A radiocarbon determination is a measure of the amount of radiocarbon in a sample. While any organism is alive it continues to incorporate radiocarbon from the atmosphere. Once it has died the amount gradually declines because of radioactive decay.

Measurements of radiocarbon concentration are usually expressed in terms of a notional age, in numbers of years before 1950. For example, the radiocarbon result 1000±25BP indicates that the notional age is 1000 years with a standard uncertainty of 25 years. This notional age is calculated on the simplistic assumption that the amount of radiocarbon in the atmosphere has always been the same. This is not quite the case and so for anything other than a very rough indication of age the measurement must be calibrated.

Calibration is performed by comparing the radiocarbon measurements on the sample to those made on material (usually tree rings) of known age. This comparison allows one to determine the possible calendar age of the sample. An example calibration is shown here:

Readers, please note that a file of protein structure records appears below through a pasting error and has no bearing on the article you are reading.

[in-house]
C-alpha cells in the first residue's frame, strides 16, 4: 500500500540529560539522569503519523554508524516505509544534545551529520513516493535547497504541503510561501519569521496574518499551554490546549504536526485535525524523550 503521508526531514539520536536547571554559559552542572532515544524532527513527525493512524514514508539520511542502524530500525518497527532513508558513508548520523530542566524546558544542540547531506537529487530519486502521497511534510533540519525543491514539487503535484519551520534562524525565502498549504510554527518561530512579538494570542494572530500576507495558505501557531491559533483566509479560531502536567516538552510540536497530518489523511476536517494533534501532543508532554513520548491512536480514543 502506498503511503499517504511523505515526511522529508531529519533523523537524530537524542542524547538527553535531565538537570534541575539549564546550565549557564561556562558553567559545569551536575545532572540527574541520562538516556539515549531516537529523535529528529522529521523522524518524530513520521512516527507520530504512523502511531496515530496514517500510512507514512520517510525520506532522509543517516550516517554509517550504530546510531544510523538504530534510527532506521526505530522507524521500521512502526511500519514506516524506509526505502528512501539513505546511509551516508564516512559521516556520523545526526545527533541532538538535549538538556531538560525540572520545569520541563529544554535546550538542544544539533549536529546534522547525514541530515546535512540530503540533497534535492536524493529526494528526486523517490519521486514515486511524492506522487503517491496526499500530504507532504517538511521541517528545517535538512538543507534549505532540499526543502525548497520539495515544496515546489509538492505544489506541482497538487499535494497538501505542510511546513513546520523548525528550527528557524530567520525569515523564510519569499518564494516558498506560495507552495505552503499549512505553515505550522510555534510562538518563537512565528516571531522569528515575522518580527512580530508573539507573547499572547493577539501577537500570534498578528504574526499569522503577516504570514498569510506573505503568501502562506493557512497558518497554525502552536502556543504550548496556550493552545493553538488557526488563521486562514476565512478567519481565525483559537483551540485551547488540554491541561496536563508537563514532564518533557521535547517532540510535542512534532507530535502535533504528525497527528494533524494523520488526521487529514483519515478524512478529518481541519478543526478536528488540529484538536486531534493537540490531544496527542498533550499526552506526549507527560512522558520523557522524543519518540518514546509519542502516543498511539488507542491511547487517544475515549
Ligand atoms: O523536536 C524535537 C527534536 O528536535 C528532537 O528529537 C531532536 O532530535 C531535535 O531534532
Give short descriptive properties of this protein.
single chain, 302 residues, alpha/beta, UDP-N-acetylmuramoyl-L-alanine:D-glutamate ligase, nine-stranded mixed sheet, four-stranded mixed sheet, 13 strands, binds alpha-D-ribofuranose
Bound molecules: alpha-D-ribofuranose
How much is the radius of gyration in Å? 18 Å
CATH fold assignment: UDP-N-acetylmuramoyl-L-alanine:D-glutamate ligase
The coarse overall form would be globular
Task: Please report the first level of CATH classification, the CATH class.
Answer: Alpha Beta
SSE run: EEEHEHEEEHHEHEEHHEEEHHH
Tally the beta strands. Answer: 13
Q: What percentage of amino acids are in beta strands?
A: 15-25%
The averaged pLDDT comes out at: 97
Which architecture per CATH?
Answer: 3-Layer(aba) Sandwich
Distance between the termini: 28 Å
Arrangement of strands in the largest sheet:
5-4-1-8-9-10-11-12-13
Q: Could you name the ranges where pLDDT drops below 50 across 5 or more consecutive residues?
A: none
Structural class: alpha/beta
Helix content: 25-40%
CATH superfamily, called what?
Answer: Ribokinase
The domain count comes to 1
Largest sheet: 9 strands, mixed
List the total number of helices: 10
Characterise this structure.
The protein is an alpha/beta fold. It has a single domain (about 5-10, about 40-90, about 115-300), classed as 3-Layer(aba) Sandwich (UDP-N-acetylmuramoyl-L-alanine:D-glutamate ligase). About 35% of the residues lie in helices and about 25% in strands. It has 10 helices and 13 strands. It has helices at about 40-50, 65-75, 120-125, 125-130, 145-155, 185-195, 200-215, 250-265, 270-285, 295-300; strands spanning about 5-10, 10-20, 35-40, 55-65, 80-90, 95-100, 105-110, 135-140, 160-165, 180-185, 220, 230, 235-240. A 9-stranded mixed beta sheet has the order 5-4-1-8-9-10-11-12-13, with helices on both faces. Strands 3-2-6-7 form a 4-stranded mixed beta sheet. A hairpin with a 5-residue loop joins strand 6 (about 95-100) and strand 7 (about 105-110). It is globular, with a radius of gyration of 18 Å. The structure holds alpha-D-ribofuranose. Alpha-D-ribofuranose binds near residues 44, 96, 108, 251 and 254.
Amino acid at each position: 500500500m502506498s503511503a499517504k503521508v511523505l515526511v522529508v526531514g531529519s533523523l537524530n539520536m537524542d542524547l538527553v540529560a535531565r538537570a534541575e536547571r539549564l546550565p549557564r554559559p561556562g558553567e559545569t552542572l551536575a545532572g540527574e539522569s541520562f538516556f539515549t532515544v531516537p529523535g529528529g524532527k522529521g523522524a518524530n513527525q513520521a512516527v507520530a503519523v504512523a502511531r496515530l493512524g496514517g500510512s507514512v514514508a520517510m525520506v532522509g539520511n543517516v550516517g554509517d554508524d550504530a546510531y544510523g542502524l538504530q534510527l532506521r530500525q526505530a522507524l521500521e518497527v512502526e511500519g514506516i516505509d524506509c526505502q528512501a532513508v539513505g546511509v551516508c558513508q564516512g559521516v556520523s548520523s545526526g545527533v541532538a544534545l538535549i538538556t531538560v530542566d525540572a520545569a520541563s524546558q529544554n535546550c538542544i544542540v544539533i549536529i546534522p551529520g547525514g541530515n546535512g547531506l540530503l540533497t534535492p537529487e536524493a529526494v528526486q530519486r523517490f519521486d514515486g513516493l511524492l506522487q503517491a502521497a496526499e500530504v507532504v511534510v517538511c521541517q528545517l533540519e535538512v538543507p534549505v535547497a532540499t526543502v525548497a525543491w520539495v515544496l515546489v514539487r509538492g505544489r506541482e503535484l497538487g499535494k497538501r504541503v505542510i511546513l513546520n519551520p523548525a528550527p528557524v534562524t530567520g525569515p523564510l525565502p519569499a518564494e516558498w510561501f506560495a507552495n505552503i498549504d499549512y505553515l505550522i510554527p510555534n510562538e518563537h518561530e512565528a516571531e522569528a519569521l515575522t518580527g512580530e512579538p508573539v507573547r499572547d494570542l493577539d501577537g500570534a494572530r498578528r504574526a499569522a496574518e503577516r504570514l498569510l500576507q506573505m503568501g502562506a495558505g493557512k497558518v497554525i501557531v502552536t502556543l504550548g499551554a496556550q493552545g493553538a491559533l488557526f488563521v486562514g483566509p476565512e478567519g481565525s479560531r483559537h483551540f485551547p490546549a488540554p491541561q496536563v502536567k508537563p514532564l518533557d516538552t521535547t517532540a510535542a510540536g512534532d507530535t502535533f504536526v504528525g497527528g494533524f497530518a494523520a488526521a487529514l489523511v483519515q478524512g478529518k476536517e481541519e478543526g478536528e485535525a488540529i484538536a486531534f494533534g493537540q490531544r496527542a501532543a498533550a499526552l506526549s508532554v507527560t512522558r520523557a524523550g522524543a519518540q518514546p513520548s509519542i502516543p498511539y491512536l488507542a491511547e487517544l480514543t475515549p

The main elements of this plot are:

- the radiocarbon determination itself shown on the left hand axis
- the measurements on known age material shown as the uneven double line
- the likelihood of different possible ages of the sample shown as the solid grey distribution - from this you can see that the most likely date is just after AD1000

The range of possible ages is also shown for two different levels of confidence. We can be 68% sure that the sample dates to between cal AD 994 and cal AD 1037 but there is a reasonable chance (32%) that it is older or younger than this. However we can be 95% certain that it dates to the period cal AD 987 to AD1047, the period cal AD 1088 to cal AD1122 or the period cal AD 1138 to cal AD 1150. The values given within the brackets give the relative likelihood of the individual ranges.

See also Explanation of radiocarbon results from the modern period.